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Grizzly bear kills hunter, 39

by Hagadone News Service
| September 23, 2011 10:59 AM

As news spread that a hunter had been

attacked and killed by a grizzly bear on Buckhorn Mountain near the

Idaho/Montana border, area residents reacted with shock and

surprise.

The attack, which occurred 15 feet into

Montana in Lincoln County, was reported about 10 a.m. Friday. The

bear was shot and killed by the man’s 20-year-old hunting

companion.

The incident, which follows last

month’s fatal shooting of a grizzly bear by Porthill resident

Jeremy M. Hill, rattled the nerves of some.

The attack makes her feel a bit unsafe,

said Bonners Ferry resident Ruth Dinning. Bonners is the closest

town to the attack.

“I wish I could feel safe in this

county,” Dinning said. “I’d like to be able to get out and enjoy

the beauty this county offers without having to worry about what

lingers in the trees.”

Her friend, Lynn Self, had a

straightforward approach on how to deal with the bears — ship them

east.

“Fish & Game should move all the

grizzlies they moved to our area to Washington, D.C. and then see

how things go,” said Self, also of Bonners Ferry.

By and large, most of the residents

commenting either on Hagadone News Network websites or Facebook

sites, supported the hunter who shot the bear and said they would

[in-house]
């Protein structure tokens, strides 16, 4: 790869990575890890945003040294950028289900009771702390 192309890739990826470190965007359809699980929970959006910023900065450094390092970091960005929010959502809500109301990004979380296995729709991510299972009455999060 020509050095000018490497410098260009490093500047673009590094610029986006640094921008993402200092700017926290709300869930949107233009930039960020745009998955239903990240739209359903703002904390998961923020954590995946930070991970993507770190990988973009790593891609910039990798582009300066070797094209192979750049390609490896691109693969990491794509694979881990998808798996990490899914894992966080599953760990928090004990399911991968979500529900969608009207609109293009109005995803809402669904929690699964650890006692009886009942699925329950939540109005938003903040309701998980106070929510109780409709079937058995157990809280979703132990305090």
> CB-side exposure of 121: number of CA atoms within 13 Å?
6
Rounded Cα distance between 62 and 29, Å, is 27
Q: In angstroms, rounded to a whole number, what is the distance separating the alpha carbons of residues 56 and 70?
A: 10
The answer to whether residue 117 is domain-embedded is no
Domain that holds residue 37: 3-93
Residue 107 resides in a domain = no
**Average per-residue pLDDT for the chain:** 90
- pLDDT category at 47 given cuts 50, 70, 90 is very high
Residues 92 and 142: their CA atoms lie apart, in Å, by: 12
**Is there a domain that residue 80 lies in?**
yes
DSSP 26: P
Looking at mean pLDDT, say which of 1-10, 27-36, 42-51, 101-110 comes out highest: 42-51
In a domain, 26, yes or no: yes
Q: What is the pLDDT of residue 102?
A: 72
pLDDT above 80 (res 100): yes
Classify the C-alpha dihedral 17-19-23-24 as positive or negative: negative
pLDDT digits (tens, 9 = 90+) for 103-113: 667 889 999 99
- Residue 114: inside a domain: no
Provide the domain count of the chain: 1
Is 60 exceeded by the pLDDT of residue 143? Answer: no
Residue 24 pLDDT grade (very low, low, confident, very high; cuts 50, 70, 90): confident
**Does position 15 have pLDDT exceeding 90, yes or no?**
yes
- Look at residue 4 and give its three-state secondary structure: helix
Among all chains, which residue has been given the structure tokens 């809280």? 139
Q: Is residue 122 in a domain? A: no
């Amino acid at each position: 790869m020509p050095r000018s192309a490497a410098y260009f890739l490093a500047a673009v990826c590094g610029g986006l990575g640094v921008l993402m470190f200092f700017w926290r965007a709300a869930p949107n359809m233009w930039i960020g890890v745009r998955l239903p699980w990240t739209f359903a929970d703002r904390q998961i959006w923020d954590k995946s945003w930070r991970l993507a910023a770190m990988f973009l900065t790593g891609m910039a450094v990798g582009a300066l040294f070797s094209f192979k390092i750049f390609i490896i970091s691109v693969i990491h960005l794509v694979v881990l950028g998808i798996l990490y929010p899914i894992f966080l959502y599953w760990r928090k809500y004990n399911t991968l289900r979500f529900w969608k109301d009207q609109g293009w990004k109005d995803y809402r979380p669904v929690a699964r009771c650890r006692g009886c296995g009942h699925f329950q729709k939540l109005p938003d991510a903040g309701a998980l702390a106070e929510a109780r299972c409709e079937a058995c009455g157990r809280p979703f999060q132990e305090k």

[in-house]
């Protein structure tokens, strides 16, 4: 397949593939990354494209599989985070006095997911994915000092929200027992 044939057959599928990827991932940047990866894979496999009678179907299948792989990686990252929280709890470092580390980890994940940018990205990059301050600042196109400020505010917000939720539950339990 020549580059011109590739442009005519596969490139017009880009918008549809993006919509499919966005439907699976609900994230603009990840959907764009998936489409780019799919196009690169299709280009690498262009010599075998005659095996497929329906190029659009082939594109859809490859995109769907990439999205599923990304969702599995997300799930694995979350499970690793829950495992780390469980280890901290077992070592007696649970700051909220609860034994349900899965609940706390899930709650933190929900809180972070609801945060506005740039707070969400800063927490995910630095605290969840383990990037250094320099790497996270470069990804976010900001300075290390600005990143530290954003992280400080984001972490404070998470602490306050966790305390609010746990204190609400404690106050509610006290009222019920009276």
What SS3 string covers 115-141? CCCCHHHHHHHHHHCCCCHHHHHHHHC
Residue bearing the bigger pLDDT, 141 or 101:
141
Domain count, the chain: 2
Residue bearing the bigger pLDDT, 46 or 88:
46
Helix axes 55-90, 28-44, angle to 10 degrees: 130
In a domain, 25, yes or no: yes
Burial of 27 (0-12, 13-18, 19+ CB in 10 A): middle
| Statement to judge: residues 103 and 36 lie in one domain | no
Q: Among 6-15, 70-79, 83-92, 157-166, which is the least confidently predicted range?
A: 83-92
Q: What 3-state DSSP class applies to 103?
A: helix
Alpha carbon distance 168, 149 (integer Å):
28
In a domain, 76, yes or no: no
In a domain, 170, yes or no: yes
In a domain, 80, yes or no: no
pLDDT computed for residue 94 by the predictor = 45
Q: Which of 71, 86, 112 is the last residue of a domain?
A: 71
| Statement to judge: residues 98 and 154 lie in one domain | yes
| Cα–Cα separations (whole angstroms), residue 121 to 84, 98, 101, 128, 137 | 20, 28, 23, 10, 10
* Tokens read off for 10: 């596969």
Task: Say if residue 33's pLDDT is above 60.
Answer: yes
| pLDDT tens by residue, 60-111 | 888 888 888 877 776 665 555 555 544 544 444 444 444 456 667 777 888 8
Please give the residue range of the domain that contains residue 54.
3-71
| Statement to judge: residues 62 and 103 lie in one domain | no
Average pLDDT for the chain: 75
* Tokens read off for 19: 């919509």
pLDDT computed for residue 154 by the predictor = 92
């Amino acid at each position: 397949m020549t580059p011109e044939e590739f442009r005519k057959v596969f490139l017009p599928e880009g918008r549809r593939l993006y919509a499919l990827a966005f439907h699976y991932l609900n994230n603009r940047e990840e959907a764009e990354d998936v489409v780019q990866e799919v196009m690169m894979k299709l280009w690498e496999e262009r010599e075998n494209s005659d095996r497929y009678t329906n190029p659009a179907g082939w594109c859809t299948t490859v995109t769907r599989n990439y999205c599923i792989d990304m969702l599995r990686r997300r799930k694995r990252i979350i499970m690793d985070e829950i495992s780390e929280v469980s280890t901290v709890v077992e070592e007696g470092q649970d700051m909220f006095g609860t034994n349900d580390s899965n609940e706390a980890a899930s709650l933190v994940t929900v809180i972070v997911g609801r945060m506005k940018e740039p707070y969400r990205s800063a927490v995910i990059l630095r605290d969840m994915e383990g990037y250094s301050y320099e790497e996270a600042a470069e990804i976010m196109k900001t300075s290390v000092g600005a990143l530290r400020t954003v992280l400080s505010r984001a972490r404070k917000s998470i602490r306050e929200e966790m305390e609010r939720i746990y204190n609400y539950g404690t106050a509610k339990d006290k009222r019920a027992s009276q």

have done the same thing if they were in a similar situation.

“If it came down to me or the bear, the

bear is going,” said Bonners Ferry resident Owen Plato. “I don’t

see anything wrong with how the boy handled the situation.”

Sandpoint’s John Monks, in a post to

the Bonners Ferry Herald’s Facebook page, noted the Endangered

Species Act states that an individual may soon take endangered

wildlife in defense of his own life or the lives of others.

“The law, however, does not allow the

taking of endangered wildlife in defense of property,” he said in

the post. “The hunter that killed the grizzly bear this morning

will not face any criminal charges. If, however, he would have shot

the bear from 100 yards because it was eating his peanut butter and

jelly sandwich, he would probably be charged.”

Many simply offered their prayers to

those involved.

“That’s so sad,” said Dana Barnes Kunz.

“Prayers go out to the victim’s family and friends as well as the

other hunter who had to witness it.”